Home for the holidays, a first-year Every Nation cross-cultural missionary asked me to recommend books that might help her as she helps pioneer a new church and campus ministry in a new nation. I rattled off a couple of my favorite missionary biographies, plus some basic theology books and Craig Keener’s Bible Background Commentary (the most important book in every minister’s library, besides the ESV Study Bible.)
She pulled out her iPhone and promptly ordered some of the books I recommended. Why? Because leaders are learners and, therefore, readers.
This is not a list of the most enjoyable books I read in the past twelve months (except #2 & Snub #5)—some were extremely unenjoyable and disturbing (#3). Others were tedious but important (#7). Others were just what I needed to read when I read them (#5 & Snub #2) and might not have made my Top 10 if read in a different year.
This is a list of the books I read this year that helped me personally and vocationally (as a preacher, teacher, and ministry leader). I think most of them will help you, no matter your vocation.
Here we go, in random order.
1. In the Name of Jesus—Reflections on Christian Leadership
by Henri Nouwen
The shortest and most important book I read in 2022. If you serve in a leadership position now or if you think you might be a leader of something someday, please read this book. Then read it again, slowly. Then pray it, and read it again. In less than 100 pages, Nouwen captured the heart of Christian leadership. If you only read one book from this list, this is the one.
2. Peculiar Treasures: A Biblical Who’s Who
by Frederick Buechner
Preacher, professor, theologian, Presbyterian minister, author of 39 books, including Pulitzer finalist Godric, Buechner died six months ago at 96. Starting with A (Abel, Abraham, Adam) and ending with Z (Zechariah, Zerubbabel, Zipporah), Peculiar Treasures is a collection of brief, insightful, humorous, and contemplative bios of famous and infamous Bible characters. I laughed, cried, repented, and prayed my way from A to Z.
Buechner’s take on the musings of Adam, as a dying old man.
The leopard . . . the starling . . . the rose—he remembered giving each its name, remembered the green river, the shy green girl. He could no longer remember why it was he had felt compelled to leave it except that it had something to do with asserting his independence. Beyond that, he had only the dim sense that somehow a terrible injustice had been done, or possibly a terrible justice.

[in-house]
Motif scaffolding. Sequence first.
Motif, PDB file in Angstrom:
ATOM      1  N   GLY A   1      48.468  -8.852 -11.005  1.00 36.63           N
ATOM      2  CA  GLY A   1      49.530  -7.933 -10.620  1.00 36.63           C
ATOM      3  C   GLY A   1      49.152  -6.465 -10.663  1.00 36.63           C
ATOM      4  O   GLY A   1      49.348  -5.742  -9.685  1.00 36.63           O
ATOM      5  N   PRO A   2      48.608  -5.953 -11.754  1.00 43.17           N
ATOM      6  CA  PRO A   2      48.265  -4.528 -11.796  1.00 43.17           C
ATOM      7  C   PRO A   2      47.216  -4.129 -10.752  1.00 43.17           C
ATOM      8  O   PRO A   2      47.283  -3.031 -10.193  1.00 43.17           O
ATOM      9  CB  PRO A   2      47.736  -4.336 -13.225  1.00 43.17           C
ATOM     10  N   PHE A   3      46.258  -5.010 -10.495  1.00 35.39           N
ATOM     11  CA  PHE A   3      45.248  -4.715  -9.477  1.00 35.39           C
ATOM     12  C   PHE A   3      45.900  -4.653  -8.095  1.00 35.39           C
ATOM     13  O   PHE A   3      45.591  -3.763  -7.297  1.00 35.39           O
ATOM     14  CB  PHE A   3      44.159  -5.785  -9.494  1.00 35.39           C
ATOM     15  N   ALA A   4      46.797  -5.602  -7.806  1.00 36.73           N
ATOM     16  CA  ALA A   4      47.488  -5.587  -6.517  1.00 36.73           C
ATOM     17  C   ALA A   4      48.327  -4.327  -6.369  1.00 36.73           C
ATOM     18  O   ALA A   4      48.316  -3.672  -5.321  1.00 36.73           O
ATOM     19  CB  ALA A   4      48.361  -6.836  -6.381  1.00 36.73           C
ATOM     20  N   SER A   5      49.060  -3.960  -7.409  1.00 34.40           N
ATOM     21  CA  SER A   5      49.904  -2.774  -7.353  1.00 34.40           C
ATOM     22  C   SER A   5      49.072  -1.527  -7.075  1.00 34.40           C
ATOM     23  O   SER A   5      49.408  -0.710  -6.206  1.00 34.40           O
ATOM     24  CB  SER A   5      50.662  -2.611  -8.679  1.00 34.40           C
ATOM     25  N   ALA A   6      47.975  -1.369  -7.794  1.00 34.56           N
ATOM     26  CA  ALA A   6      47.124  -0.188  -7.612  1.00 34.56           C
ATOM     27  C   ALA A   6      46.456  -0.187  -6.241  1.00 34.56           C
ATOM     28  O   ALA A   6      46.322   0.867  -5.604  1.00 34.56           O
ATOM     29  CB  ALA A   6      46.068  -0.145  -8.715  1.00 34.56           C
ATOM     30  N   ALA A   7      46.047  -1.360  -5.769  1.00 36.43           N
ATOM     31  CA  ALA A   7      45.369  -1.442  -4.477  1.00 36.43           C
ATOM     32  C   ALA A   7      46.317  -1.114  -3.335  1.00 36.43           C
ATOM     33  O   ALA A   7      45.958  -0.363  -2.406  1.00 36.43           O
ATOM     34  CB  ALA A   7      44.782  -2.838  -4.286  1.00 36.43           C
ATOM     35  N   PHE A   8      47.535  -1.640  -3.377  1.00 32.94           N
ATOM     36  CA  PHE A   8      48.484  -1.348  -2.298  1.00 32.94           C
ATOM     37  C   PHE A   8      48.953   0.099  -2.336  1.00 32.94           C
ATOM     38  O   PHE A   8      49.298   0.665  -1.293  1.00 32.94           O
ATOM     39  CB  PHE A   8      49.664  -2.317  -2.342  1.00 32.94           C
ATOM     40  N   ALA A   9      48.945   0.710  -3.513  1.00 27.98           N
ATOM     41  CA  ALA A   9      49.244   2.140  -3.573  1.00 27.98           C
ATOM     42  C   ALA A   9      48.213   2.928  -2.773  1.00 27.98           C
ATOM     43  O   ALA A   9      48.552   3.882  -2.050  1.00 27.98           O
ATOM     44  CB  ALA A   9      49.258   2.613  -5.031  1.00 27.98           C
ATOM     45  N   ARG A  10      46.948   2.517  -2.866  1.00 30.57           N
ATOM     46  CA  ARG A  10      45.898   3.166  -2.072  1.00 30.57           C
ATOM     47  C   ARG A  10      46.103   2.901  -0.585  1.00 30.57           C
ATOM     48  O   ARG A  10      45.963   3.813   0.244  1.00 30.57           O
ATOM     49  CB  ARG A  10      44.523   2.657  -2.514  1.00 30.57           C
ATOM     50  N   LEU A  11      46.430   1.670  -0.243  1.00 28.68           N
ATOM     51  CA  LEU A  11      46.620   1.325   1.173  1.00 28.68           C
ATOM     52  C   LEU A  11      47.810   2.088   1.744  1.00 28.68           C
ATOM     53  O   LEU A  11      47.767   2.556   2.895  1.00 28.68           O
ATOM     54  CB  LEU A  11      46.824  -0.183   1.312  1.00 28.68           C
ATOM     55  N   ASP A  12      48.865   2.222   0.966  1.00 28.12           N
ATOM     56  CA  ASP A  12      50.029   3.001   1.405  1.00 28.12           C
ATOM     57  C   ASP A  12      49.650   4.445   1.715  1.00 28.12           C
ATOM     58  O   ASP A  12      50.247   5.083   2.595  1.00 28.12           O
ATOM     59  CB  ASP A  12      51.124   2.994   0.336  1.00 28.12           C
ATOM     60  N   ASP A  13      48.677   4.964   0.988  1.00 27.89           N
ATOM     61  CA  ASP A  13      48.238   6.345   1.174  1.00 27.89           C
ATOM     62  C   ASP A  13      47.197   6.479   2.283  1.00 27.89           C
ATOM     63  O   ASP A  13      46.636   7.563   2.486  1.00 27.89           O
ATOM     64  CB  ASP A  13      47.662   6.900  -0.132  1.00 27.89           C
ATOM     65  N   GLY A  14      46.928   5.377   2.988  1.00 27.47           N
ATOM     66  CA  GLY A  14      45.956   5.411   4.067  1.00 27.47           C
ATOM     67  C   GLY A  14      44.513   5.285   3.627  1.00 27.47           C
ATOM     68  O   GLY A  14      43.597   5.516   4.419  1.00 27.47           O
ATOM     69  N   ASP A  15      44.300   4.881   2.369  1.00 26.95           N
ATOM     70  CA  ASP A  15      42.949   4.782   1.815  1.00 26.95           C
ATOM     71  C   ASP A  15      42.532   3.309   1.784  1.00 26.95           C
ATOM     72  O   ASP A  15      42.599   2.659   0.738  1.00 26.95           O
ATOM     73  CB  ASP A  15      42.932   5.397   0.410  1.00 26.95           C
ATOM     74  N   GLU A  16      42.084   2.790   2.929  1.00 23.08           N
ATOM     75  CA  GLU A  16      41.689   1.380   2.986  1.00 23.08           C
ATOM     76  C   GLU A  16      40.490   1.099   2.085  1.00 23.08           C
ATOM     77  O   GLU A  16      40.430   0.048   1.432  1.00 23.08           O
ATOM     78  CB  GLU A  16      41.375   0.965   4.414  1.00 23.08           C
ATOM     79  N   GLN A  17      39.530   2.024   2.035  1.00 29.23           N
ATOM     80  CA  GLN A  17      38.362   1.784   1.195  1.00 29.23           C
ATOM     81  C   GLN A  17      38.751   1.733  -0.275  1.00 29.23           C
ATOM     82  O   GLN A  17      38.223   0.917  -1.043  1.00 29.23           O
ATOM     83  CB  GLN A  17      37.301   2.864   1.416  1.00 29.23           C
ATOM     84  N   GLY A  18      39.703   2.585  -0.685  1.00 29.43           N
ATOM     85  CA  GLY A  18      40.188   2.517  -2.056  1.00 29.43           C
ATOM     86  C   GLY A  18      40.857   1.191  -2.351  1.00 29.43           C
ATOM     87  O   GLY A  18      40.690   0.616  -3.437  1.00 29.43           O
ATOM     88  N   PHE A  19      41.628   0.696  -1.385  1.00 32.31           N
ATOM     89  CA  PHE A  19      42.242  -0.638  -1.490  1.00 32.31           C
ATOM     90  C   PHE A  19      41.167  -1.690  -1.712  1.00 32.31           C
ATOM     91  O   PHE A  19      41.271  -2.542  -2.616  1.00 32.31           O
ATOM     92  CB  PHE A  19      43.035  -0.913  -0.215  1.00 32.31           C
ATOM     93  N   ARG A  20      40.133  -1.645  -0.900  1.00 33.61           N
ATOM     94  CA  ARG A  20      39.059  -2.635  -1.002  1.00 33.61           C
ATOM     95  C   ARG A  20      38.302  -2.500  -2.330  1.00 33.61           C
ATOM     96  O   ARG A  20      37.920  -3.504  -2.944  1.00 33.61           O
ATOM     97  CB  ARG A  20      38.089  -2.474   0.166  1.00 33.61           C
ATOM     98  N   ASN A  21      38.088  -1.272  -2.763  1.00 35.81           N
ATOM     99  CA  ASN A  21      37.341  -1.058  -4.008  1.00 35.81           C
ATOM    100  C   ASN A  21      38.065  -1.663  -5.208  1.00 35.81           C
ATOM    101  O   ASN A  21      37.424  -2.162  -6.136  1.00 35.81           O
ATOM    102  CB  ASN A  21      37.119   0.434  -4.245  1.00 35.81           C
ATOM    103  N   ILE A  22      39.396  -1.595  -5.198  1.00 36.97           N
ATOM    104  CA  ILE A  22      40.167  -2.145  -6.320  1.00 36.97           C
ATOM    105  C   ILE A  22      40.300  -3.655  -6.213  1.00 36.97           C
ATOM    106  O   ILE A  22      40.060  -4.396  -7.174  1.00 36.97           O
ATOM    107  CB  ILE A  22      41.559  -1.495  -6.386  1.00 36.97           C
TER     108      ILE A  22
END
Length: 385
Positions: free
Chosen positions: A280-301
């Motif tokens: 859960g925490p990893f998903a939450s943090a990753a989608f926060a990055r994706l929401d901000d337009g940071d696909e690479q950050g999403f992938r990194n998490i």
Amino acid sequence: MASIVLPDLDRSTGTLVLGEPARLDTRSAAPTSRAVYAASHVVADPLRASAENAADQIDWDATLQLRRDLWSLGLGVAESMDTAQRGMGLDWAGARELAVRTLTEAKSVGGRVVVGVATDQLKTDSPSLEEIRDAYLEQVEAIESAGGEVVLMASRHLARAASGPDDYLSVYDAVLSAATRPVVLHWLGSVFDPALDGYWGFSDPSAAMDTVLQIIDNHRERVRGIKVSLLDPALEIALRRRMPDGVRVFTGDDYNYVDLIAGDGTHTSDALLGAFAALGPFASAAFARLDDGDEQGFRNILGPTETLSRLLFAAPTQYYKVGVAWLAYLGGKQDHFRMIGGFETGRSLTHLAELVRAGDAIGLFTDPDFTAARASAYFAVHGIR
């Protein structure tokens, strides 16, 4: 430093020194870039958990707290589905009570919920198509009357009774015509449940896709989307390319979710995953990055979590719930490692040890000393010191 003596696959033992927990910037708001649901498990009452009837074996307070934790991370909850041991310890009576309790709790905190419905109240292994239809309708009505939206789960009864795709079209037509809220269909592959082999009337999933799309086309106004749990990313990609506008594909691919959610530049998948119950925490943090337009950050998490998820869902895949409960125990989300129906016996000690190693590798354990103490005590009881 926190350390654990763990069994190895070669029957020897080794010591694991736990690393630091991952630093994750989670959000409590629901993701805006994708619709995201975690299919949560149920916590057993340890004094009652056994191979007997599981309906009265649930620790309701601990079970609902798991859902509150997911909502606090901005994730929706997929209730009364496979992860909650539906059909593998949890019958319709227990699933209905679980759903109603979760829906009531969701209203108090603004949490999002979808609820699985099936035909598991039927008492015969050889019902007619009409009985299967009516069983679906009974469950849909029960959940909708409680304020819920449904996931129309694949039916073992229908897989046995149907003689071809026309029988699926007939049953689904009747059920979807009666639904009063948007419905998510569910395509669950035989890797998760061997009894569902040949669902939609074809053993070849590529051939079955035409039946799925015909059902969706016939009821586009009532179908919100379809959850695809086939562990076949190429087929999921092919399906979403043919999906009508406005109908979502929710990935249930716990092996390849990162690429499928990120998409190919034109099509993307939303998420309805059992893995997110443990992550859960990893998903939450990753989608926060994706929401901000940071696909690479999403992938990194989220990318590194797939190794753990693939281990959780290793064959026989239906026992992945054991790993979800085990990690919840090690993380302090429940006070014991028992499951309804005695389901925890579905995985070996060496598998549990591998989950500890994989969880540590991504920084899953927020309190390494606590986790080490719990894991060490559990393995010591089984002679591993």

3. Irreversible Damage: The Transgender Craze Seducing Our Daughters
by Abigail Shrier
Definitely the most disturbing book I read all year, and maybe the most important. Highly recommended to all youth ministers, campus missionaries, and parents, especially parents of girls. Shrier is a journalist with degrees from Columbia, Oxford, and Yale Law. Irreversible Damage is filled with statistical data, testimonials, and interviews all painting a terrifying picture of the “transgender craze” that is wreaking havoc on girls globally.
4. Dreaming in White and Black
by Brett Fuller
It has been my privilege to work in ministry with Brett Fuller for almost four decades. We’ve been all over the world together. Everyone who experiences Brett’s preaching is immediately struck by his scriptural depth and his oratory skills. Most who hear him preach do not know the lifelong spiritual formation that made Brett the man and preacher he is today. Dreaming in Black and White will fill in the blanks. Brett’s message and ministry of reconciliation has made me a better human. May it do the same for you as you read his new book.
5. Terms of Service: The Real Cost of Social Media
by Chris Martin
I have read quite a few books about the impact of the “social internet” on our lives and have even recommended a few of them here. Terms of Service might be the best because it addresses the issue from a Christ-centered perspective. The author spent over a decade as a social media professional, so he speaks with authority on the topic. At the beginning of this year, before I read Terms of Service, I deleted every social media app from my phone because I knew they were distracting me from the relationships and the mission God has called me to. (The Every Nation global communications team manages my social media platforms.) I think I am a better husband, father, grandfather, preacher, leader, and Christian since eliminating that distraction. I am not suggesting that you follow my example, but I do hope that you read this book. It will help you to think more critically about how and why you engage the internet. As Martin says, “Social media may not cost anything, but it isn’t free.”